some days I feel barely human at all. This is one such day. And people address me as if I were in fact human, and I can’t respond as a human. I behave like an alien. I am an alien. I just want to depart in my space-ship. Maybe I can have an imaginary flying saucer? Humanity is too complicated for me. And the streets of Stockholm are way too untidy for mr Dog and his holy fur and royal paws. There’s no clean white snow anymore… there’s only this rock-hard, dirt-coloured, sanded, salted, many times frozen-melted-and-refrozen ice. Awful, just awful.
This morning, when drinking my coffee (first) and eating breakfast (later), I began to read George Metaxa’s translation of Knowledge of the Higher Worlds and its Attainment. (I’ve read Bamford’s translation before, but there’s no doubt in my mind that Metaxa’s is much cooler.) At the beginning of the book, Steiner explains that in these matters of spiritual science, the fundamental attitude of the soul of the student must be “the path of veneration“. He then continues to say that in some children, the right attitude is already present, which would be a prediction of their later spiritual abilities. He says
[t]here are children who look up with religious awe to those whom they venerate. For such people they have a respect which forbids them, even in the deepest recess of their heart, to harbor any thought of criticism or opposition. Such children grow up into young men and women who feel happy when they are able to look up to anything that fills them with veneration. From the ranks of such children are recruited many students of higher knowledge. (Steiner, R. Knowledge of the Higher Worlds and its Attainment, Steiner Books/Anthroposophic Press, 1947/2009, p 6.)
Although I do think Steiner says a great deal of reasonable things in this book, there are sections, like the one above, which fill me with fear. Because in that passage he doesn’t say that during meditation or during a time of intense focus — that is, within a limited time, before going back to “normal” — it is advisable to leave criticism or any judgmental attitudes behind. What he says is, there are people, children, who cannot harbour any criticism or opposition — not at any time, not even deep down within themselves — and that this something good. It’s not about them letting go of certain attitudes temporarily — it is about their very being. They are constitutionally unable to formulate criticism of an individual whom they venerate. If there really are such people, I believe they are more likely to be dangerous than they are to be wise initiates.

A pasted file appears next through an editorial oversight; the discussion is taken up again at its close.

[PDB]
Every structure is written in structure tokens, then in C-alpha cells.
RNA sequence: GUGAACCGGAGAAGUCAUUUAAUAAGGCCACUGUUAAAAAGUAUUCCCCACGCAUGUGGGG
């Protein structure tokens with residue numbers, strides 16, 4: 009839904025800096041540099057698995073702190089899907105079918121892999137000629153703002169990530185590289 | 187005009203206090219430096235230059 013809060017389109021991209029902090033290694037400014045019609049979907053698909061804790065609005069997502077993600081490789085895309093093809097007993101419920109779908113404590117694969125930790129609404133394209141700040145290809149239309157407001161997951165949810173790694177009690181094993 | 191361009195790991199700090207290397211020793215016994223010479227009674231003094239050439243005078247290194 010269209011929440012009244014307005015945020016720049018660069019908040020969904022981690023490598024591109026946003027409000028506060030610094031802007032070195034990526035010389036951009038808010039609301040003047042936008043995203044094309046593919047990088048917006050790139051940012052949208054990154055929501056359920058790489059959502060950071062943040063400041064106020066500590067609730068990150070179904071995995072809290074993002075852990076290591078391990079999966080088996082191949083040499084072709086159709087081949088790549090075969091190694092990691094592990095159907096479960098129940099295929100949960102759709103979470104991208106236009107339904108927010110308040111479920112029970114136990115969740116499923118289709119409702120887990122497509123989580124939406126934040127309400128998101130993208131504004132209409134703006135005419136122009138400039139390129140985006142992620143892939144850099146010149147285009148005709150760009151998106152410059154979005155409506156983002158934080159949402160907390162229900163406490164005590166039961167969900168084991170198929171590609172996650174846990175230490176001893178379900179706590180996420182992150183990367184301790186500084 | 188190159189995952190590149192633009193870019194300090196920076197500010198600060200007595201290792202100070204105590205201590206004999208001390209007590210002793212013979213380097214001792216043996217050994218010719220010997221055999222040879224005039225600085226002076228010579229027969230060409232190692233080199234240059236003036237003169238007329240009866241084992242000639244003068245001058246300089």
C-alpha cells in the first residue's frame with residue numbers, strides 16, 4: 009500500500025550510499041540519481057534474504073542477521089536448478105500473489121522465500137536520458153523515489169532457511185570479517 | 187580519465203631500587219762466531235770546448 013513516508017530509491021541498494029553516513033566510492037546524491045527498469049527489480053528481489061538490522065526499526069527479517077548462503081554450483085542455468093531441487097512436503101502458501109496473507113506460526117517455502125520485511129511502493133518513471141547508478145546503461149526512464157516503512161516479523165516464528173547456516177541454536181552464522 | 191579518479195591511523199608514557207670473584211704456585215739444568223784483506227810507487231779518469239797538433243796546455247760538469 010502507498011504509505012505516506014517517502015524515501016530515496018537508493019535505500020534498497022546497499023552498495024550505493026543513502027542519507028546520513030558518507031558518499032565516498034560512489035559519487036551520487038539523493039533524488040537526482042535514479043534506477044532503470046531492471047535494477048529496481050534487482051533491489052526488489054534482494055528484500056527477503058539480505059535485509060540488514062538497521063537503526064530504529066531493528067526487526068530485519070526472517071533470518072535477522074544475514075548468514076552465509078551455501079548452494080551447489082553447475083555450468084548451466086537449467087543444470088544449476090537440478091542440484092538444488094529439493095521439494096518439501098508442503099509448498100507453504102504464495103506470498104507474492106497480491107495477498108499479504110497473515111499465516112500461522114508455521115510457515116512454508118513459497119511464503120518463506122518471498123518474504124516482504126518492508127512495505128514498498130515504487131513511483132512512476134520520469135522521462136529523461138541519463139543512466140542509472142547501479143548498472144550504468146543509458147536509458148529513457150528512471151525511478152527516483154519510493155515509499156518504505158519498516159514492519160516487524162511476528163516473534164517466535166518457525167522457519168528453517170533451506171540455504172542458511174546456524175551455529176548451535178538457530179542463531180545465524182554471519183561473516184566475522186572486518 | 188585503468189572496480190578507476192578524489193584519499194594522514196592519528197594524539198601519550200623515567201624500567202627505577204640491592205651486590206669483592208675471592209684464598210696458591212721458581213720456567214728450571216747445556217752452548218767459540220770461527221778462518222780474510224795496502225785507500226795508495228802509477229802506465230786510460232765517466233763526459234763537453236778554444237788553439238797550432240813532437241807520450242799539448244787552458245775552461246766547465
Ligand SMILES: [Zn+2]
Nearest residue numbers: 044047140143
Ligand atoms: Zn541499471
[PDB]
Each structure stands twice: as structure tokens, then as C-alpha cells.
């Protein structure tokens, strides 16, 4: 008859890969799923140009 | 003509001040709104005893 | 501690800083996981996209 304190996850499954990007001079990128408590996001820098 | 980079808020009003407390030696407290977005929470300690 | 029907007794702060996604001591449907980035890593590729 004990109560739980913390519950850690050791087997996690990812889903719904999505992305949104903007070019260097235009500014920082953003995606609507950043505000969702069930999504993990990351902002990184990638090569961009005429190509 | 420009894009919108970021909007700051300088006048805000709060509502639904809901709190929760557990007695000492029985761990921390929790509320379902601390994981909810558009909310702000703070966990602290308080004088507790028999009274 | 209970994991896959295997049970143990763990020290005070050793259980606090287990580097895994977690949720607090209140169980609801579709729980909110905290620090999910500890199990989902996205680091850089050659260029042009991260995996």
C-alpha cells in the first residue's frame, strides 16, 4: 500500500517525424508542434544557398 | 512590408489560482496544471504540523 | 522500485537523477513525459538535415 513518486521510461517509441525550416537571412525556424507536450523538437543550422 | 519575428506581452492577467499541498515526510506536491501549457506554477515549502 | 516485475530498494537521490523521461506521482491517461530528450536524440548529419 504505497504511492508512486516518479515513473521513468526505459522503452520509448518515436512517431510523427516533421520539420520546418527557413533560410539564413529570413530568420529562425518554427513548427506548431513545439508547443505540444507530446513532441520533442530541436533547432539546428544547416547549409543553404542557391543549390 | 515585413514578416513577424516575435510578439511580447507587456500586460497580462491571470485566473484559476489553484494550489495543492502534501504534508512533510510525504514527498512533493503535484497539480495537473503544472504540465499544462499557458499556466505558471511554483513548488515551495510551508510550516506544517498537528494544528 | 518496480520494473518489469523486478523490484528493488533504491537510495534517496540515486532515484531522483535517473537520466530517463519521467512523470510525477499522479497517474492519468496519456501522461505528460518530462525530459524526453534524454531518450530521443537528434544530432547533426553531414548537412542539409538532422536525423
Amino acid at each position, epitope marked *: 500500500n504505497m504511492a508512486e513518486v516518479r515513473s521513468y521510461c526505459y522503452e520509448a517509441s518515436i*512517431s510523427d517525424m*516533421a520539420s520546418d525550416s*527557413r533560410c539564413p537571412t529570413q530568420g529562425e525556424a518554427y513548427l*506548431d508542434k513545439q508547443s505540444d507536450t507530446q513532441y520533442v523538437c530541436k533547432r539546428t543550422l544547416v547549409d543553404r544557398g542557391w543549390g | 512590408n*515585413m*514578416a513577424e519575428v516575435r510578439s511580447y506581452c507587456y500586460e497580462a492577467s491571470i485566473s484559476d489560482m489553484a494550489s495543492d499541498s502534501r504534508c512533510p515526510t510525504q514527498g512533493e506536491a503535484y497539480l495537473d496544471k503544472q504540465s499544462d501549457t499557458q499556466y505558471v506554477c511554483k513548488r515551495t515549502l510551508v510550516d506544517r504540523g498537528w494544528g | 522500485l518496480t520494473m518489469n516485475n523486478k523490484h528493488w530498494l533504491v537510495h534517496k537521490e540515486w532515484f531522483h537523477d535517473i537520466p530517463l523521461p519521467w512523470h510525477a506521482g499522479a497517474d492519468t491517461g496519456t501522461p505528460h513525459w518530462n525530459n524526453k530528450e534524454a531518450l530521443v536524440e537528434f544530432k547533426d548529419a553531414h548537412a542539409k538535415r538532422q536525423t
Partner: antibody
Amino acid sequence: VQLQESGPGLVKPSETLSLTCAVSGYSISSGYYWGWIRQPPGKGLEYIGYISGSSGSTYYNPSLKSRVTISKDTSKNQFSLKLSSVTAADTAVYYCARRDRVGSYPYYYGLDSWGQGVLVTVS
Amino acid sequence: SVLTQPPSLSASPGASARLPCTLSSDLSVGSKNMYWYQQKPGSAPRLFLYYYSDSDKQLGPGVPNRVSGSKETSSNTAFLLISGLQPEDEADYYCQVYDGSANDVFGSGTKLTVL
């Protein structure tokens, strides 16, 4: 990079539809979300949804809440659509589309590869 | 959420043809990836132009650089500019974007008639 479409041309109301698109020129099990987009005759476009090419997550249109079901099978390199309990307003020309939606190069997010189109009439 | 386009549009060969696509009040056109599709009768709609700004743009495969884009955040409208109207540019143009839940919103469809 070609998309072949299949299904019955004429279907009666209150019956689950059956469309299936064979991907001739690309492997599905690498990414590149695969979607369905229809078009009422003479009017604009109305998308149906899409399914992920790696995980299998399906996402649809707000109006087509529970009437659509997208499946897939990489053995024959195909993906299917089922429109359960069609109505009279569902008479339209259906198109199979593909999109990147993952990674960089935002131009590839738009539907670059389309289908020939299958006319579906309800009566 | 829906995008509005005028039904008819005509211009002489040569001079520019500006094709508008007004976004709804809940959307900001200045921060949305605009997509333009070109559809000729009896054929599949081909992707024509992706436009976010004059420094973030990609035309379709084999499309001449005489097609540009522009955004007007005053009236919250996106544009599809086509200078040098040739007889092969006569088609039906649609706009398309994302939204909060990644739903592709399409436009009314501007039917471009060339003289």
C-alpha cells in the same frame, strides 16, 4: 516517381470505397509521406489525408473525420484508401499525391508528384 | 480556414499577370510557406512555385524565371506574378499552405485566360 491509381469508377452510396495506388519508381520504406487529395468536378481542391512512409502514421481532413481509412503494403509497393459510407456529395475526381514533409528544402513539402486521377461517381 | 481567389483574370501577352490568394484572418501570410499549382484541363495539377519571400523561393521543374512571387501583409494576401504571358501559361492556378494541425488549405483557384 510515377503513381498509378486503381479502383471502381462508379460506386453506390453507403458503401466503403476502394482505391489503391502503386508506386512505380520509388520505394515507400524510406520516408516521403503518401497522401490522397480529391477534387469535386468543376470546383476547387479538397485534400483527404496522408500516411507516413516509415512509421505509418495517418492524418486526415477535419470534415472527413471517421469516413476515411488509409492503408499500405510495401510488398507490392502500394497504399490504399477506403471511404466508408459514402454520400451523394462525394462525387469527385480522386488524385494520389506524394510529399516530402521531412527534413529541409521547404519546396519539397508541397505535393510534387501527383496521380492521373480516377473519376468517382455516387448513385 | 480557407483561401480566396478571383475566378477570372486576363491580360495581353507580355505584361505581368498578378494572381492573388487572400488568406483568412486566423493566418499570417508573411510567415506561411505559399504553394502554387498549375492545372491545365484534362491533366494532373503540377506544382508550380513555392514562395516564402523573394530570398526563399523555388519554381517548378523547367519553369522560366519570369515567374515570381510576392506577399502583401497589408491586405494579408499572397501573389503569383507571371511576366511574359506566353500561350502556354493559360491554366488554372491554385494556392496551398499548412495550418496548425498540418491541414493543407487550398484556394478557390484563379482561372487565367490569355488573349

Well, Steiner does go on to say that this childish veneration transforms into a veneration of truth and knowledge, and I suppose this provides an amelioration of a kind of his prior statements about wholly uncritical veneration (how can you ever venerate truth and knowledge without applying your critical faculties to the object of knowledge?), but still… there’s something highly problematic about this, about his opinions about and predictions for such children. Moreover, since waldorf teachers are usually also anthroposophists, in the process of studying anthroposophy or committed to anthroposophy one way or the other, this raises important questions: do waldorf teachers have this in the back of their minds when they deal professionally with children? That from these “ranks … are recruited many students of higher knowledge”? It wouldn’t surprise me if it were so. Potentially adding to this (somewhat sordid) business is the emphasis of waldorf education on awe and reverence.
The student who is gifted with this feeling [of true devotion], or who is fortunate enough to have had it inculcated in a suitable education, brings a great deal along with him when, later in life, he seeks admittance to higher knowledge. (ibid, p 8.)
Apart from the obvious objection — what Steiner designates as gifted, I would call ignorant and naïve, something very much unwished for — where can we find such a suitable education which will increase the students chances when he later seeks admittance to higher knowledge? I wouldn’t call it fortunate to have had something inculcated either. My impression is one of passivity and unfreedom.